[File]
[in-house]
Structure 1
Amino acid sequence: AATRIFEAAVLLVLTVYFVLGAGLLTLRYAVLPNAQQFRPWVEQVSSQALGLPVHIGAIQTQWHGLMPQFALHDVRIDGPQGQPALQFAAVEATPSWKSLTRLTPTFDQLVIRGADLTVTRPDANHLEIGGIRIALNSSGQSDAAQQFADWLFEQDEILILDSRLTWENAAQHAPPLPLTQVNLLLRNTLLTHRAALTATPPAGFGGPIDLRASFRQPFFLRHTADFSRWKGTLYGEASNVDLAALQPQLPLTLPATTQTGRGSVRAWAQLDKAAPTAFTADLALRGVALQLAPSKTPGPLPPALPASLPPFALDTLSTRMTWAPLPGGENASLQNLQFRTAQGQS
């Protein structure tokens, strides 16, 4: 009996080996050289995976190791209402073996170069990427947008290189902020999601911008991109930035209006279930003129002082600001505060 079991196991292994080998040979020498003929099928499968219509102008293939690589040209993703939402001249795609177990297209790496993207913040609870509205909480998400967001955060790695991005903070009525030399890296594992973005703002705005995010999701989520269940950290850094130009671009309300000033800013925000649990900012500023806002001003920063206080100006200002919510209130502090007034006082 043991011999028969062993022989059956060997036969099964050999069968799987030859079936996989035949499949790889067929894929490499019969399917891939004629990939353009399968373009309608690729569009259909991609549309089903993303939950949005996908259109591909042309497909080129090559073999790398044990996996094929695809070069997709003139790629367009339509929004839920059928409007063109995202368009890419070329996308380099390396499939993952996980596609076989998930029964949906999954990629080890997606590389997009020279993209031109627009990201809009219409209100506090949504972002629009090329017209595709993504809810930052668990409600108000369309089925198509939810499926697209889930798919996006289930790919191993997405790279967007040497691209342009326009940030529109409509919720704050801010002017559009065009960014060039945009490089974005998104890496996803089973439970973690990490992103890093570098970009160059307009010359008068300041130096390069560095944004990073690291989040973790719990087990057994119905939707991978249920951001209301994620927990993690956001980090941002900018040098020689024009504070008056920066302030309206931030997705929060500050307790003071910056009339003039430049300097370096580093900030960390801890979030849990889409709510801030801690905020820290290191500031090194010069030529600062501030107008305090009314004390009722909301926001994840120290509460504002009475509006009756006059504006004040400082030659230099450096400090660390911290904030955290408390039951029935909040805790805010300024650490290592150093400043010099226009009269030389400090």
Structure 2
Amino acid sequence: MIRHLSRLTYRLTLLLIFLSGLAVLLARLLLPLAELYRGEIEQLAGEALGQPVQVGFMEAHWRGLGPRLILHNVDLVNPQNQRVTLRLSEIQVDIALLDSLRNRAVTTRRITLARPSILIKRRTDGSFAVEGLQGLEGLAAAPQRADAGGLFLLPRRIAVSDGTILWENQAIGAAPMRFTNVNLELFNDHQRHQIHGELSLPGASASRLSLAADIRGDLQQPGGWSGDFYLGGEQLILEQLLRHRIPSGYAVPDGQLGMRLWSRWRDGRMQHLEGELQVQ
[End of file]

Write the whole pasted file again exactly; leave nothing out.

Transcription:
[in-house]
Structure 1
Amino acid sequence: AATRIFEAAVLLVLTVYFVLGAGLLTLRYAVLPNAQQFRPWVEQVSSQALGLPVHIGAIQTQWHGLMPQFALHDVRIDGPQGQPALQFAAVEATPSWKSLTRLTPTFDQLVIRGADLTVTRPDANHLEIGGIRIALNSSGQSDAAQQFADWLFEQDEILILDSRLTWENAAQHAPPLPLTQVNLLLRNTLLTHRAALTATPPAGFGGPIDLRASFRQPFFLRHTADFSRWKGTLYGEASNVDLAALQPQLPLTLPATTQTGRGSVRAWAQLDKAAPTAFTADLALRGVALQLAPSKTPGPLPPALPASLPPFALDTLSTRMTWAPLPGGENASLQNLQFRTAQGQS
């Protein structure tokens, strides 16, 4: 009996080996050289995976190791209402073996170069990427947008290189902020999601911008991109930035209006279930003129002082600001505060 079991196991292994080998040979020498003929099928499968219509102008293939690589040209993703939402001249795609177990297209790496993207913040609870509205909480998400967001955060790695991005903070009525030399890296594992973005703002705005995010999701989520269940950290850094130009671009309300000033800013925000649990900012500023806002001003920063206080100006200002919510209130502090007034006082 043991011999028969062993022989059956060997036969099964050999069968799987030859079936996989035949499949790889067929894929490499019969399917891939004629990939353009399968373009309608690729569009259909991609549309089903993303939950949005996908259109591909042309497909080129090559073999790398044990996996094929695809070069997709003139790629367009339509929004839920059928409007063109995202368009890419070329996308380099390396499939993952996980596609076989998930029964949906999954990629080890997606590389997009020279993209031109627009990201809009219409209100506090949504972002629009090329017209595709993504809810930052668990409600108000369309089925198509939810499926697209889930798919996006289930790919191993997405790279967007040497691209342009326009940030529109409509919720704050801010002017559009065009960014060039945009490089974005998104890496996803089973439970973690990490992103890093570098970009160059307009010359008068300041130096390069560095944004990073690291989040973790719990087990057994119905939707991978249920951001209301994620927990993690956001980090941002900018040098020689024009504070008056920066302030309206931030997705929060500050307790003071910056009339003039430049300097370096580093900030960390801890979030849990889409709510801030801690905020820290290191500031090194010069030529600062501030107008305090009314004390009722909301926001994840120290509460504002009475509006009756006059504006004040400082030659230099450096400090660390911290904030955290408390039951029935909040805790805010300024650490290592150093400043010099226009009269030389400090």
Structure 2
Amino acid sequence: MIRHLSRLTYRLTLLLIFLSGLAVLLARLLLPLAELYRGEIEQLAGEALGQPVQVGFMEAHWRGLGPRLILHNVDLVNPQNQRVTLRLSEIQVDIALLDSLRNRAVTTRRITLARPSILIKRRTDGSFAVEGLQGLEGLAAAPQRADAGGLFLLPRRIAVSDGTILWENQAIGAAPMRFTNVNLELFNDHQRHQIHGELSLPGASASRLSLAADIRGDLQQPGGWSGDFYLGGEQLILEQLLRHRIPSGYAVPDGQLGMRLWSRWRDGRMQHLEGELQVQ